The largest Trans-Neptunian objects.
Characteristically, big (bright) objects are typically on inclined orbits, while the invariable plane re-groups mostly small and dim objects. With the exception of Sedna, all big TNOs: Eris, 2005 FY9, 2003 EL61, Charon, and Orcus display neutral colour (infrared index V-I < 0.2), while the relatively dimmer bodies (50000 Quaoar, Ixion, 2002 AW197, and Varuna), as well as the population as the whole, are reddish (V-I in 0.3 to 0.6 range). This distinction leads to suggestion that the surface of the largest bodies is covered with ices, hiding the redder, darker areas underneath.
The diagram illustrates the relative sizes, albedos and colours of the biggest TNOs. Also shown, are the known satellites and the exceptional shape of 2003 EL61 resulting from its rapid rotation. The arc around 2005 FY9 represents uncertainty given its unknown albedo. The size of Eris follows Michael Brown’s measure (2400 km) based on HST point spread model. The arc around it represents the thermal measure (3000 km) by Bertoldi.
Trans-Neptunian object: Spectra.
The objects present wide range of spectra, differing in reflectivity in visible red and near infrared. Neutral objects present a flat spectrum, reflecting as much red and infrared as visible spectrum. Very red objects present a steep slope, reflecting much more in red and infrared. A recent attempt at classification (common with Centaurs) uses the total of four classes from BB (blue, average B-V=0.70, V-R=0.39 e.g. Orcus) to RR (very red, B-V=1.08, V-R=0.71, e.g. Sedna) with BR and IR as intermediate classes. BR and IR differ mostly in the infrared bands I, J and H.
Typical models of the surface include water ice, amorphous carbon, silicates and organic macromolecules, named tholins, created by intense radiation. Four major tholins are used to fit the reddening slope:
As an illustration of the two extreme classes BB and RR, the following compositions have been suggested
Size determination of Trans-Neptunian objects.
It is difficult to estimate the diameter of TNOs. For very large objects, with very well known orbital elements (namely, Pluto and Charon), diameters can be precisely measured by occultation of stars.
For other large TNOs, diameters can be estimated by thermal measurements. The intensity of light illuminating the object is known (from its distance to the Sun), and one assumes that most of its surface is in thermal equilibrium (usually not a bad assumption for an airless body). For a known Albedo, it is possible to estimate the surface temperature, and correspondingly the intensity of heat radiation. Further, if the size of the object is known, it is possible to predict both the amount of visible light and emitted heat radiation reaching the Earth. A simplifying factor is that the Sun emits almost all of its energy in visible light and at nearby freqencies, while at the cold temperatures of TNOs, the heat radiation is emitted at completely different wavelengths (the far infrared).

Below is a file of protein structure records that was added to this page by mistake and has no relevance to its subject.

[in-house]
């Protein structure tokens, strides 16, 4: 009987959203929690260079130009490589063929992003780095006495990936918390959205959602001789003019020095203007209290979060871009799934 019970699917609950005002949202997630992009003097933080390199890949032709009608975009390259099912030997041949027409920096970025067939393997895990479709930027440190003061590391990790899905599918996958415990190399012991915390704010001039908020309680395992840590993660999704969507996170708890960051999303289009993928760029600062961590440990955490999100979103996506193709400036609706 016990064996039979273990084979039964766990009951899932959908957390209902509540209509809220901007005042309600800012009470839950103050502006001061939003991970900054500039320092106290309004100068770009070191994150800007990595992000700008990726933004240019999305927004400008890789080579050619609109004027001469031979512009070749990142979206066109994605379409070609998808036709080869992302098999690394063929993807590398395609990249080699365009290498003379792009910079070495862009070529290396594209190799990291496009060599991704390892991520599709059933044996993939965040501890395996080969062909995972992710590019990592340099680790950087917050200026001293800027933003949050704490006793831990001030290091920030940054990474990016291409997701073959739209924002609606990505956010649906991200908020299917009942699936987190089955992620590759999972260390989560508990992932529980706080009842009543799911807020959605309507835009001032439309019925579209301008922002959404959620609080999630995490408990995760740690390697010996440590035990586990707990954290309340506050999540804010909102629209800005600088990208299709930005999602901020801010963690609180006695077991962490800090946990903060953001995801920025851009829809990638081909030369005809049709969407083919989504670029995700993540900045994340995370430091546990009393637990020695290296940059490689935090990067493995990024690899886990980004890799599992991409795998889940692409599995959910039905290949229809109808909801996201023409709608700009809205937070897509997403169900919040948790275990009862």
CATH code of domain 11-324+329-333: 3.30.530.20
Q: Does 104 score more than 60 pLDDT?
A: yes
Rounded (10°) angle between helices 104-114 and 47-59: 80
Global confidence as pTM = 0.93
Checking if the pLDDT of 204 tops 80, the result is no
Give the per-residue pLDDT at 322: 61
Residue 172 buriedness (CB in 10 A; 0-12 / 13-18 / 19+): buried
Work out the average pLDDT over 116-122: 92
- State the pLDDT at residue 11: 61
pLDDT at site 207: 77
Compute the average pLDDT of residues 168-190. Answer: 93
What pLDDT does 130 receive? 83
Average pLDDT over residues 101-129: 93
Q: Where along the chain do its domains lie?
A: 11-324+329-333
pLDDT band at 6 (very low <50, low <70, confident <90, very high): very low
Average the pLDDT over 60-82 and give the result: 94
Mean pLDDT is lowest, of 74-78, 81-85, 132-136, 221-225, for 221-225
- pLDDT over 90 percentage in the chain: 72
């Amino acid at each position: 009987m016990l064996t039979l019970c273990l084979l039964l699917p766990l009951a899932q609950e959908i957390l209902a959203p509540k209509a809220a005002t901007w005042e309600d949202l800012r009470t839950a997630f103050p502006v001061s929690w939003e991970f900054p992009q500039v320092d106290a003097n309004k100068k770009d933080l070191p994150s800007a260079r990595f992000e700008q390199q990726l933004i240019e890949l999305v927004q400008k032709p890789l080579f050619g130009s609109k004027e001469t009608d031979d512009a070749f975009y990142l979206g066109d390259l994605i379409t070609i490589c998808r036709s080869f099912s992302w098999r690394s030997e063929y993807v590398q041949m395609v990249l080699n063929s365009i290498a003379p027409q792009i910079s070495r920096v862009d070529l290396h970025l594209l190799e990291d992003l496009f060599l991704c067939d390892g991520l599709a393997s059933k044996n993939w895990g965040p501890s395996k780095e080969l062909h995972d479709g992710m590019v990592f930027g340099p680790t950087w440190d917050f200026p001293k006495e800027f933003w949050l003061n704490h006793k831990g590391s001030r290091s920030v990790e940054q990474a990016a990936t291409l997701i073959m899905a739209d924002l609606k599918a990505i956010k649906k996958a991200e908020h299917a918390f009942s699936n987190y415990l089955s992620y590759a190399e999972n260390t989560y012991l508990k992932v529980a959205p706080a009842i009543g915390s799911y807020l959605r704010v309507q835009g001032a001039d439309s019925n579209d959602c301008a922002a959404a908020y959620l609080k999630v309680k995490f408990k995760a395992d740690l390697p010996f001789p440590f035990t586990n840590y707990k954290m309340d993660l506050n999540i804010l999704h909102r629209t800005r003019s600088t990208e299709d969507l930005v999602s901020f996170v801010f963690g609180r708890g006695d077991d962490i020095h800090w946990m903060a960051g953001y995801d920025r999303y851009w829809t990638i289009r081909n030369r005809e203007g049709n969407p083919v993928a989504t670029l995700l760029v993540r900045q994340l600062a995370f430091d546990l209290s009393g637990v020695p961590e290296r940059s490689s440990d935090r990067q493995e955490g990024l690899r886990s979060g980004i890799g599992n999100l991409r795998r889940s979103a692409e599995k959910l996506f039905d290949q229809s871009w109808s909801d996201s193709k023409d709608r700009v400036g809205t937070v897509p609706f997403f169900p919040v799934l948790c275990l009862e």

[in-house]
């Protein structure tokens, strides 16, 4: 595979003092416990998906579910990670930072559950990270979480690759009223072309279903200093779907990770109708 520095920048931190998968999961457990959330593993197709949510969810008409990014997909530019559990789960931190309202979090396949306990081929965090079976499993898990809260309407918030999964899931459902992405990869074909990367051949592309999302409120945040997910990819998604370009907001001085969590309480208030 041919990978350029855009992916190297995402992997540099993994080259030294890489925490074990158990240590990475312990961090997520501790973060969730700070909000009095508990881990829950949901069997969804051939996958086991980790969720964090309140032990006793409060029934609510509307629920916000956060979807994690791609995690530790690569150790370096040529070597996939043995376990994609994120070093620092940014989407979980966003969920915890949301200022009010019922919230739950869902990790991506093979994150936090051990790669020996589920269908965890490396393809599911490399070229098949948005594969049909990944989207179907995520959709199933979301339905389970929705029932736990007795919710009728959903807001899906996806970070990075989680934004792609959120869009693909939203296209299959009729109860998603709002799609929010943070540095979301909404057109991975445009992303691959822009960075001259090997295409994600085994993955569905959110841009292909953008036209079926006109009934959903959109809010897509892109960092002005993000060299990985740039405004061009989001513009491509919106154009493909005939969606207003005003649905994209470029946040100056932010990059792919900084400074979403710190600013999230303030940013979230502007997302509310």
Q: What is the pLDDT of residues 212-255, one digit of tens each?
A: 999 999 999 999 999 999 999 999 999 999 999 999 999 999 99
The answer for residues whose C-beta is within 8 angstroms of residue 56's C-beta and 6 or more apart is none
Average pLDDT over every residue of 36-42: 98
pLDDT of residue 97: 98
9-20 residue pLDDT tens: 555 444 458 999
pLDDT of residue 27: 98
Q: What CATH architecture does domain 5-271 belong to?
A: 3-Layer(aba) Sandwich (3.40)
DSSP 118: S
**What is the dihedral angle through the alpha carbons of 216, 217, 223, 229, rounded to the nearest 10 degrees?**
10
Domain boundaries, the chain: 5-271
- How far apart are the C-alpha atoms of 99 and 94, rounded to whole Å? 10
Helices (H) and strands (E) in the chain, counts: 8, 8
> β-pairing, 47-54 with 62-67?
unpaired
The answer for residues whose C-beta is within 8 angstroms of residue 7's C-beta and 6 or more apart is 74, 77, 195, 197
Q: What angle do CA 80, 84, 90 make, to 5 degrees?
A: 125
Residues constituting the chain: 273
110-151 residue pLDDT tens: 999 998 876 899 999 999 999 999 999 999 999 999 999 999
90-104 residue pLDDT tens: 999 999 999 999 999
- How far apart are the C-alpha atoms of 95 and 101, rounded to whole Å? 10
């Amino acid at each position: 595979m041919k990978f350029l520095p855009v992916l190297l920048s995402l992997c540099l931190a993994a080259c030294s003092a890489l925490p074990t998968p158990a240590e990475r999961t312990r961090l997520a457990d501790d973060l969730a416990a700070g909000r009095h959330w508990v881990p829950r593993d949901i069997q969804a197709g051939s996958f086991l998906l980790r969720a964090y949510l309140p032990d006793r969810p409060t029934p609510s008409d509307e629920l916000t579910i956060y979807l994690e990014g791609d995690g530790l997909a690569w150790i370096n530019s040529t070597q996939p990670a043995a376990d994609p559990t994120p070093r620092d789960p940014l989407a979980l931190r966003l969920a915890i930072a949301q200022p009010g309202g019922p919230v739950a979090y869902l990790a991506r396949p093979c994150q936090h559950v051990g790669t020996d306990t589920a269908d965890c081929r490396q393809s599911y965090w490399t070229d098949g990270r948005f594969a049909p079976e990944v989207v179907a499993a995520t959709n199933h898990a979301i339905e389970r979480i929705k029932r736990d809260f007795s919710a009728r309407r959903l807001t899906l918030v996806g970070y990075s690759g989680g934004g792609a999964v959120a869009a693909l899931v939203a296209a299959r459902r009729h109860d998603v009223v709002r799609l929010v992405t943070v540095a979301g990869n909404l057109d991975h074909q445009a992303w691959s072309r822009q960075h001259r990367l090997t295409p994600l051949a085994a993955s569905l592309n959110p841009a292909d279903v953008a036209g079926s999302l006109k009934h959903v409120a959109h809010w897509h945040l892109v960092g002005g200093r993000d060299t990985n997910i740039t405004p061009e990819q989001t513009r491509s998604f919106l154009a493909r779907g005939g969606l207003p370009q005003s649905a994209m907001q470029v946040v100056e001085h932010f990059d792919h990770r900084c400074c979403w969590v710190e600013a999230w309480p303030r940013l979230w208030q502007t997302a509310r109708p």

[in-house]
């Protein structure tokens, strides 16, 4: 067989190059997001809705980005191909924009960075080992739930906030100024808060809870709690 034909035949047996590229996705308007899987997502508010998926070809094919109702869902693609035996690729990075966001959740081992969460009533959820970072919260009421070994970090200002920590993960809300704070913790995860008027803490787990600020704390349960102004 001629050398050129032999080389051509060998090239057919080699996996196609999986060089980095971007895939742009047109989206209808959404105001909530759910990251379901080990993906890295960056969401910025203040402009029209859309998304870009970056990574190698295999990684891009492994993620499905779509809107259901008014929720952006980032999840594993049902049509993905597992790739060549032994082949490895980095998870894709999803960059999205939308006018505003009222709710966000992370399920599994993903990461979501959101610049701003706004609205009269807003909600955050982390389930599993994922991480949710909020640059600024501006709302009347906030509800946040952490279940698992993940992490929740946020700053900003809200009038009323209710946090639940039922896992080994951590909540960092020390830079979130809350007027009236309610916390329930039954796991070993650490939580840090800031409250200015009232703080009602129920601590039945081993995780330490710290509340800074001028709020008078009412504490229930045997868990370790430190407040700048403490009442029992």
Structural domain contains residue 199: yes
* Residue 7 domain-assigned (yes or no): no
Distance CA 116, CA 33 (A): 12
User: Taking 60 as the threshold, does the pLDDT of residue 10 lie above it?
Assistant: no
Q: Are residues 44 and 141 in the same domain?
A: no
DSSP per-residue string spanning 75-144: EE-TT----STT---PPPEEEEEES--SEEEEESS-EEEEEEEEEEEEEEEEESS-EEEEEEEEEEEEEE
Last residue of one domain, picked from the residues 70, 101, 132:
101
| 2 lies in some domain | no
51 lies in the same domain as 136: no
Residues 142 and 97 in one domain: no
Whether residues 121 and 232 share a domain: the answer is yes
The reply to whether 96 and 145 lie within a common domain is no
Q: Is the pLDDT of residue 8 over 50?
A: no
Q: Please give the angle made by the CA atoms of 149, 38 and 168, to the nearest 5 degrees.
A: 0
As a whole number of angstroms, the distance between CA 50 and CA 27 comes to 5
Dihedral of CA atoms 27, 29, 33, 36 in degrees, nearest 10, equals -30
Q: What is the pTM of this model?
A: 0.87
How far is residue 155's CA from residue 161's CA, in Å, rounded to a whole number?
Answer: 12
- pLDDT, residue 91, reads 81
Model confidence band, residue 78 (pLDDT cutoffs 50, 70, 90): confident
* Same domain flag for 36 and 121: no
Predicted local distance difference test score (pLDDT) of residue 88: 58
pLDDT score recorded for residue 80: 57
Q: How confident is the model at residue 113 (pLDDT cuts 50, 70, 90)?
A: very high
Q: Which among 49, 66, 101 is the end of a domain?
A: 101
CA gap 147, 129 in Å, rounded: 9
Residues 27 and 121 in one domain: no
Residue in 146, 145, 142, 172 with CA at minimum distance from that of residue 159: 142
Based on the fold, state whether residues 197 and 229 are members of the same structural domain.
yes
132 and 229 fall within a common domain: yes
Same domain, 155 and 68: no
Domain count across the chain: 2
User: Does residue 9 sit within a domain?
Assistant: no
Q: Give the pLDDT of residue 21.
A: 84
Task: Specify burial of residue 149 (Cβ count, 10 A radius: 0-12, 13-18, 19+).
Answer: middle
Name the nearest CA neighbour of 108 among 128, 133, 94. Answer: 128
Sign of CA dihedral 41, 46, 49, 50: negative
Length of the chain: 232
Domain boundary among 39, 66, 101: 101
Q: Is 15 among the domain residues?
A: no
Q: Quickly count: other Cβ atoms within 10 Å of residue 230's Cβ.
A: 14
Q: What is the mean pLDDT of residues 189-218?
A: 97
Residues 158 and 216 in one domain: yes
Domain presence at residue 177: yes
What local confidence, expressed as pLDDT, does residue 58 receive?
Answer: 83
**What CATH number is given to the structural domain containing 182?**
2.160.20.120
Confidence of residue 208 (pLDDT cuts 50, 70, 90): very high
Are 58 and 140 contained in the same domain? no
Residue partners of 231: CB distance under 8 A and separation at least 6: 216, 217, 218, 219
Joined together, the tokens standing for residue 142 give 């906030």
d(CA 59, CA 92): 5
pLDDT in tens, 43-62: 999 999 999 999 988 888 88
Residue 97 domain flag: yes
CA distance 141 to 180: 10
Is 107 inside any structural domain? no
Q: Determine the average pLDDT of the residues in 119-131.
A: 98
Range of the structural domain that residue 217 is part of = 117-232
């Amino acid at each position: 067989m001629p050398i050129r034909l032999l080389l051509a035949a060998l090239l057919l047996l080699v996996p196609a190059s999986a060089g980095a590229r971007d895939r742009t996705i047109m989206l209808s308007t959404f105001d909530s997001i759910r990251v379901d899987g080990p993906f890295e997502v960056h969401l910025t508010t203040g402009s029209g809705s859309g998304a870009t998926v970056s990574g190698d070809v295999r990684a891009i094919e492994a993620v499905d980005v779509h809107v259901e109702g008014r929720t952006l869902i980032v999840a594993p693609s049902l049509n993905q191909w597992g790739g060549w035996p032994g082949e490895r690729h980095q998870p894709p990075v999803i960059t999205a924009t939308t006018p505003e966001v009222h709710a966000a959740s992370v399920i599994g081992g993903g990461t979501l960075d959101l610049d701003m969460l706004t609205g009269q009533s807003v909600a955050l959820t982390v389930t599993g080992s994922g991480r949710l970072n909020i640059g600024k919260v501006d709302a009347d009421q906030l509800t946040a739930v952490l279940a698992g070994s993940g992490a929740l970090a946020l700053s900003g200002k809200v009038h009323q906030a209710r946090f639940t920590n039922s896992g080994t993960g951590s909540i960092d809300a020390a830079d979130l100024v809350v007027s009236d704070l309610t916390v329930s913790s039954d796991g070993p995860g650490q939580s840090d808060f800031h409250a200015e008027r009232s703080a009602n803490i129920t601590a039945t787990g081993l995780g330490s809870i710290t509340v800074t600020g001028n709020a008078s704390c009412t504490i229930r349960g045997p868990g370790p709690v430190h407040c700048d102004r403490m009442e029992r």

Thus there are two unknowns (albedo and size), which can be determined by two independent measurements (of the amount of reflected light and emitted infrared heat radiation).
Unfortunately, TNOs are so far from the Sun that they are very cold, hence produce black-body radiation around 60 micrometres in wavelength. This wavelength of light is impossible to observe on the Earth's surface: astronomers thus observe the tail of the black-body radiation in the far infrared. This far infrared radiation is so dim that the thermal method is only applicable to the largest KBOs. For the majority of (small) objects, the diameter is estimated by assuming an albedo. However, the albedos found range from 0.50 down to 0.05 resulting, as example for Magnitude of 1.0, in uncertainty from 1200 - 3700 km!.
Largest discoveries of Trans-Neptunian objects.
Currently lying at 97 AU away, Eris is the farthest known object in the solar system, and the third brightest of the TNOs. Classified as a scattered disk object (SDO), Eris follows an orbit at 10 billion kilometres from the Sun, completing it in 560 years at an unusual 45-degree angle.
The size of Eris, currently estimated to be slightly larger than Pluto, re-ignited the debate about whether or not Pluto should be considered a planet at all (see 2006 redefinition of planet).
Eris is the most recent discovery in the race to discover TNO bigger that Pluto, as attested by the round’ numbers of 20000 Varuna and 50000 Quaoar considered at one time the biggest TNO.
The brightest known TNOs (with absolute magnitudes < 4.0), are:
The list has been sorted by increasing Absolute magnitude. Estimated diameter is greatly affected by surface Albedo which has often been assumed, not measured. Some potentially large Kuiper belt objects have not been included.